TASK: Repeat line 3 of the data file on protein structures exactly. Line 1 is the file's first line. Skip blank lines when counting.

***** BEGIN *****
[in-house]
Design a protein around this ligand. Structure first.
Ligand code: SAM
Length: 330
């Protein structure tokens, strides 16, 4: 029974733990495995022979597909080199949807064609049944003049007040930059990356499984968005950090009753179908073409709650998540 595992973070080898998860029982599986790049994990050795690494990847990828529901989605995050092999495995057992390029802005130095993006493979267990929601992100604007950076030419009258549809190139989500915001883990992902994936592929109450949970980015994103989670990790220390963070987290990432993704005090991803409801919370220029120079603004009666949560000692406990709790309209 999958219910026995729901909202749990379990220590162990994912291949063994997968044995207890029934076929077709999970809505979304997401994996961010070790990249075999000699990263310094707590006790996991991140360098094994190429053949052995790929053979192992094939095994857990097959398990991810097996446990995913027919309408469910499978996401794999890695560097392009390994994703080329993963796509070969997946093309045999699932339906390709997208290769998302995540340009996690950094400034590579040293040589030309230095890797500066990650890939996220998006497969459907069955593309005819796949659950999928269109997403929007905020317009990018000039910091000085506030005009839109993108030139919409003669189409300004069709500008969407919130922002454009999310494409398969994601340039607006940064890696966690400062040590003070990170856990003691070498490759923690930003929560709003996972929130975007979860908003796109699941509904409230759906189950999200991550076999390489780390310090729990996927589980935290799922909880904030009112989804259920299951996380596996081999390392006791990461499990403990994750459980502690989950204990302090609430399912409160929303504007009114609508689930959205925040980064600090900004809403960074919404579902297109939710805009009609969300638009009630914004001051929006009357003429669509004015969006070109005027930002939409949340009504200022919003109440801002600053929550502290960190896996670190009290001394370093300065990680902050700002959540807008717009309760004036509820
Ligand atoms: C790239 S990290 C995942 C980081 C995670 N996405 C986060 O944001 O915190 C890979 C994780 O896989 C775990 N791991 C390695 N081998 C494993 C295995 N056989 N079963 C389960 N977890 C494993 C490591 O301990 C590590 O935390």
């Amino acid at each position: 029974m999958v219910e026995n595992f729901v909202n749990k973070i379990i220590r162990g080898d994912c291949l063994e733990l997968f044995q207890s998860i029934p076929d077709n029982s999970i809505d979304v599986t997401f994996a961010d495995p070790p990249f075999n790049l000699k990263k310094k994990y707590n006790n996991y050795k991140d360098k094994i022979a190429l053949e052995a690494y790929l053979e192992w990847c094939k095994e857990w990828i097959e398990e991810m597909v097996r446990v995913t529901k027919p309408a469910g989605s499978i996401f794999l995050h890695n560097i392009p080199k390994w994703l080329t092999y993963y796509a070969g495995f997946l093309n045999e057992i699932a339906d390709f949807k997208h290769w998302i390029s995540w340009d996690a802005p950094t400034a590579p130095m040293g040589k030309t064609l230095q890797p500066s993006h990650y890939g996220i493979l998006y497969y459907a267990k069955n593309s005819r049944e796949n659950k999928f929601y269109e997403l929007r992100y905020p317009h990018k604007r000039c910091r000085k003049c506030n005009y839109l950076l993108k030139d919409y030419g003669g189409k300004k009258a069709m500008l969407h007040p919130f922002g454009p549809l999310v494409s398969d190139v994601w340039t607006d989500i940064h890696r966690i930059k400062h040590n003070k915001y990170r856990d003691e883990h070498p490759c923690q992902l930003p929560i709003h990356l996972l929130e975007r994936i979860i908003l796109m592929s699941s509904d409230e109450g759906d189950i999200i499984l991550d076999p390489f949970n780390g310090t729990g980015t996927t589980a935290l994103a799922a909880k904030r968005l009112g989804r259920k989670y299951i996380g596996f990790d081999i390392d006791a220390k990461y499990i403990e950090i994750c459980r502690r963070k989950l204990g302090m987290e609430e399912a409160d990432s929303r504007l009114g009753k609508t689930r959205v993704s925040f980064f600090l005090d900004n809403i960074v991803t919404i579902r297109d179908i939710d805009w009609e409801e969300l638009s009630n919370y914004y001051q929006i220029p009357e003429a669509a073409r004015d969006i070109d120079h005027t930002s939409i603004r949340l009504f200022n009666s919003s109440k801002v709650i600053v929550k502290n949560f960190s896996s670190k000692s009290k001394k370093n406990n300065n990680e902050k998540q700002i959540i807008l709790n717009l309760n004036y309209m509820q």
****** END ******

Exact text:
Ligand code: SAM